Maybe those questions are left unanswered so that we will have to wrestle with our own answers. Perhaps the characters we resent or identify with explain a little about where we need reconciliation. The religious people of Jesus’ time who first heard this parable were unhappy with how it portrayed them. It was clear they were meant to see themselves in the older brother, for they resented the fact that Jesus spent so much time with outcasts and sinners. And we have to see that he did not privilege the good church going people. Jesus commissioned a Samaritan woman at the well to be the first missionary, not a respected Pharisee from the congregation. After his resurrection, Jesus did not appear first to the high priest and the council members. He appeared to some frightened women in a garden. Are we the older brother, too, considering Christians more important than those who do not regularly attend a church of which we approve, or maybe no church at all? Do we think God should love us more than “those people”? Our gut reaction, I know, is to say, “Of course not!” But notice how you feel the next time it seems that Christians are not being privileged.

Are we the younger brother, running as far and as fast as we can away from all that we have been taught about being part of a “church family”? Are we seeking meaning without respect for how are behavior or speech affects those around us? Are we acting as if we were the only person whose desires and needs mattered? And when we come to ourselves, are we humble enough to ask for forgiveness, or do we try to earn it, as the younger son did, requesting that he be treated poorly, though it was the Father’s nature to be gracious?

No matter how well or ill behaved we are, or how disrespectful or respectful we are of our sisters and brothers or of our God, we are all embraced and called family. Our almighty God will not use might against us. Instead, God will always turn us toward reconciliation with each other and our Lord. In Paul’s letter to the church in Corinth, Paul says that if anyone is in Christ, he or she is a new creation. That’s us. We are new creations, no longer trapped in old ways of bitterness and self-destruction. In Christ, we can let go of whatever leads us to exclude our sisters and brothers, our parents and children, from being our peers at the table. In the kingdom of God, everyone has an equal place. We are all children of God through our baptisms, and given full citizenship in the kingdom of God. As new creations in Jesus, we are called to be ambassadors of Christ, to model the way of reconciliation and oneness.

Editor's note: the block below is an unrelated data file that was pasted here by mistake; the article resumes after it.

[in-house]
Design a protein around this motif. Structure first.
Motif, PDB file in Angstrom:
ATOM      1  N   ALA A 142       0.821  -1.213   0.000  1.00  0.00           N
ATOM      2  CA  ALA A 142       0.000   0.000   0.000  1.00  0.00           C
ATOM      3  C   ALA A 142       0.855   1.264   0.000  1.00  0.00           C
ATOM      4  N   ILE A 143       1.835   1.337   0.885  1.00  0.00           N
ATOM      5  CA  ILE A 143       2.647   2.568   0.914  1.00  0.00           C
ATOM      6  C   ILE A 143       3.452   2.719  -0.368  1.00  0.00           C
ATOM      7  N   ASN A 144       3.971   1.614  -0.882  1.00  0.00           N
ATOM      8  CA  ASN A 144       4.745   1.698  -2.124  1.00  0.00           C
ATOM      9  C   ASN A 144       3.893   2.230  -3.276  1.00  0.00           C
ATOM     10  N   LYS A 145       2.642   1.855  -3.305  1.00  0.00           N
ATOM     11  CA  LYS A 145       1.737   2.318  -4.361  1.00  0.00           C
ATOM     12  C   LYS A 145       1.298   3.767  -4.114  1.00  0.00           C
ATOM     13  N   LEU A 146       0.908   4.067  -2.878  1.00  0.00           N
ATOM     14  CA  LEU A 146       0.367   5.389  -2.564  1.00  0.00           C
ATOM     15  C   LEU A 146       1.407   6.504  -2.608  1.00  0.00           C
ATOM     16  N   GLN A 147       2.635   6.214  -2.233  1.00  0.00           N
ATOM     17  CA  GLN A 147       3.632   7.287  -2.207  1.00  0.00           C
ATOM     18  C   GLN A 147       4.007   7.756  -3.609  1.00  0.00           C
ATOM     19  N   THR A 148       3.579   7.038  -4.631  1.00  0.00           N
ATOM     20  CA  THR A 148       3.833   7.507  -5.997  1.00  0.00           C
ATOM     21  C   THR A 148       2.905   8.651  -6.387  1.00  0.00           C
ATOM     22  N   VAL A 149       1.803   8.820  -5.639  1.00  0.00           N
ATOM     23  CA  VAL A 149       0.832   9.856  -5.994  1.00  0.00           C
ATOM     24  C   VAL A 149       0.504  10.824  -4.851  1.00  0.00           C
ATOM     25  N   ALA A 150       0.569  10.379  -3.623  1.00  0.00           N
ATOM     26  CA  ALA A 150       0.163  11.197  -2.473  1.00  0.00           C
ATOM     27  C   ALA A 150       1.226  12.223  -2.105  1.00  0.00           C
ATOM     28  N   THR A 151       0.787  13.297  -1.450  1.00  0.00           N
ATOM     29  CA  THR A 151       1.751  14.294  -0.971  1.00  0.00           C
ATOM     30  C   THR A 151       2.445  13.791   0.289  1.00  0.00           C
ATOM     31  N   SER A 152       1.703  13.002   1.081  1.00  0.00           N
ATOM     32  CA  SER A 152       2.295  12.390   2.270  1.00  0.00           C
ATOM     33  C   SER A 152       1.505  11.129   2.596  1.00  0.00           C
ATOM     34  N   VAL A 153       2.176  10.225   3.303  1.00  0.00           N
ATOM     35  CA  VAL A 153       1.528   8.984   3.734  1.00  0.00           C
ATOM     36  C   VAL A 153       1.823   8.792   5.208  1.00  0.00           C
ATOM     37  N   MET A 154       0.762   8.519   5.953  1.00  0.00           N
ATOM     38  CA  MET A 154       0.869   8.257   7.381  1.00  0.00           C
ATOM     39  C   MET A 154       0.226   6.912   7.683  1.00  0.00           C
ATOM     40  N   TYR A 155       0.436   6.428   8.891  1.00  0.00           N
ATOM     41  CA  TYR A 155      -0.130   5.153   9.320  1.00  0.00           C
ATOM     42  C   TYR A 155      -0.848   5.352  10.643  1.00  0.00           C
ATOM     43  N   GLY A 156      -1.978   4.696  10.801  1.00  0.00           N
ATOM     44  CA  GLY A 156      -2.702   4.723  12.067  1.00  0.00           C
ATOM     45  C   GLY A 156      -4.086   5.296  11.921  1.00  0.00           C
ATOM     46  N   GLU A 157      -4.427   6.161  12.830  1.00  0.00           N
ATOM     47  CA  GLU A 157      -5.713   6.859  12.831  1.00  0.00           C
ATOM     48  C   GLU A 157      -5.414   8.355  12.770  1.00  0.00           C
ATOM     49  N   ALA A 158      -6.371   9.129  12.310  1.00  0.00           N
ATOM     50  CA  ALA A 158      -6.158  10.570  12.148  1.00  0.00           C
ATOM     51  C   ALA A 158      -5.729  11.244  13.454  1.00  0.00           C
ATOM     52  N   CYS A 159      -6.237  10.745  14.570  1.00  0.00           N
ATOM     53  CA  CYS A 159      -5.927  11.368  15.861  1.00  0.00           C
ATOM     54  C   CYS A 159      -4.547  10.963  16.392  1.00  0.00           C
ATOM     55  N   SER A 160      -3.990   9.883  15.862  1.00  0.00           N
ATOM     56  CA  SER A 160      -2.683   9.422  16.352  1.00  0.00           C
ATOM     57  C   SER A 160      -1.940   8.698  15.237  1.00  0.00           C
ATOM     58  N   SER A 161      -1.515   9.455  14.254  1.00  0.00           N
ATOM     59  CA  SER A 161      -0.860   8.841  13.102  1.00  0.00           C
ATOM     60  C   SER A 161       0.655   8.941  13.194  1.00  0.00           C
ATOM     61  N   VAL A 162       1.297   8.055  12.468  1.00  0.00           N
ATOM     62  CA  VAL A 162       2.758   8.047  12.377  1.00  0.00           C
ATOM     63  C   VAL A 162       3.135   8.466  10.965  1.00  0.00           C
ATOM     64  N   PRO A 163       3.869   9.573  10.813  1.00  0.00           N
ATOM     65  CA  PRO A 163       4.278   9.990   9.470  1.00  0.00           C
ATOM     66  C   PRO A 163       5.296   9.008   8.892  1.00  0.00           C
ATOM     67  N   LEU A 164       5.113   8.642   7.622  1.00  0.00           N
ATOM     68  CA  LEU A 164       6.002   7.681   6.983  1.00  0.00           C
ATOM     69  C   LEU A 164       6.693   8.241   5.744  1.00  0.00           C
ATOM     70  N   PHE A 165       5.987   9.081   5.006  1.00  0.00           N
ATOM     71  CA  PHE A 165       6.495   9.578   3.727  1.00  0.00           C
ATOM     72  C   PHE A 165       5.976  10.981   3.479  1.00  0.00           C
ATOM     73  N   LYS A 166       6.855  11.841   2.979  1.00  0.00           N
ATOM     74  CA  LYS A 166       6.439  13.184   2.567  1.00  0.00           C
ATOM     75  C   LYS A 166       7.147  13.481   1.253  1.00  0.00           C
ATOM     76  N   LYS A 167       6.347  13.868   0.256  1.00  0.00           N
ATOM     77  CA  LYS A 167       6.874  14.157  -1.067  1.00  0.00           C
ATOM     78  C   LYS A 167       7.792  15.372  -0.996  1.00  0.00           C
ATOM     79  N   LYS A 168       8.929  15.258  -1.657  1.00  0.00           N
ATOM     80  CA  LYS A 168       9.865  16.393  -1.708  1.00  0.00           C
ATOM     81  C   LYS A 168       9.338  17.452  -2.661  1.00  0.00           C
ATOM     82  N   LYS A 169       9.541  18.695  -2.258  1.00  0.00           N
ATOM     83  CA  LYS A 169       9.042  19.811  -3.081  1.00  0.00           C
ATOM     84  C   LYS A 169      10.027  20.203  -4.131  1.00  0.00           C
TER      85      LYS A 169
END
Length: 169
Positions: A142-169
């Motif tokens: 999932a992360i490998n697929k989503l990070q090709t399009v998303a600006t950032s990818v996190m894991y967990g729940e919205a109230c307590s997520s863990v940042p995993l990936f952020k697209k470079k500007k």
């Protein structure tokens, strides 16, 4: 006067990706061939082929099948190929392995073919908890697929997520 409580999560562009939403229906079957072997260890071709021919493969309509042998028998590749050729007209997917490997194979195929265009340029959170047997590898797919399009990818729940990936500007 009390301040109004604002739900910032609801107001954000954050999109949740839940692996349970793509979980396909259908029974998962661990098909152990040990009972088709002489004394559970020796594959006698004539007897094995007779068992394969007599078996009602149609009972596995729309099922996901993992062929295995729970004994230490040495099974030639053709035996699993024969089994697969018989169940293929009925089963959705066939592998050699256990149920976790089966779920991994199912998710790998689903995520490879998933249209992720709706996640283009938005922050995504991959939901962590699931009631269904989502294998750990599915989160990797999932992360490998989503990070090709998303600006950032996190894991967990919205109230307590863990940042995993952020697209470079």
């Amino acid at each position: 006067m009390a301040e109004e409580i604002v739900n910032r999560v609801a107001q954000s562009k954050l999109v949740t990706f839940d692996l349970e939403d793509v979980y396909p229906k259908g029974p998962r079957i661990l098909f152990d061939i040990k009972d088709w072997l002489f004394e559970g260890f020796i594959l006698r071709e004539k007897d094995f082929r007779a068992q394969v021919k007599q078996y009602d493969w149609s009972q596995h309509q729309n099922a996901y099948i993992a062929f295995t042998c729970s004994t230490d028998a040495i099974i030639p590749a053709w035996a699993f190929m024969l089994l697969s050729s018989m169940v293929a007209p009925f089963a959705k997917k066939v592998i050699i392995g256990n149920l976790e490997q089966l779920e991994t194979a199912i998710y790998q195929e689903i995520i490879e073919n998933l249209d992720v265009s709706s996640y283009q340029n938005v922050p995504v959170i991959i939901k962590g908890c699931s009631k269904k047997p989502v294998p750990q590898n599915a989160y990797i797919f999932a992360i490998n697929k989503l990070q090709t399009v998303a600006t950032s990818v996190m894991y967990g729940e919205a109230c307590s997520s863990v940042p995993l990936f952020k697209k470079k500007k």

So let us begin by being reconciled with one another. When we pass the peace in a few minutes, I invite you to look truly into the eyes of your sisters and brothers and say, “Welcome home!” And then let us feast at the generous table of a surprising God who keeps welcoming us home again and again. And tomorrow let us live out a story in which we talk the talk and walk the walk of reconciliation–hallmarks of the kingdom to which we belong.


~Pastor Sue Schneider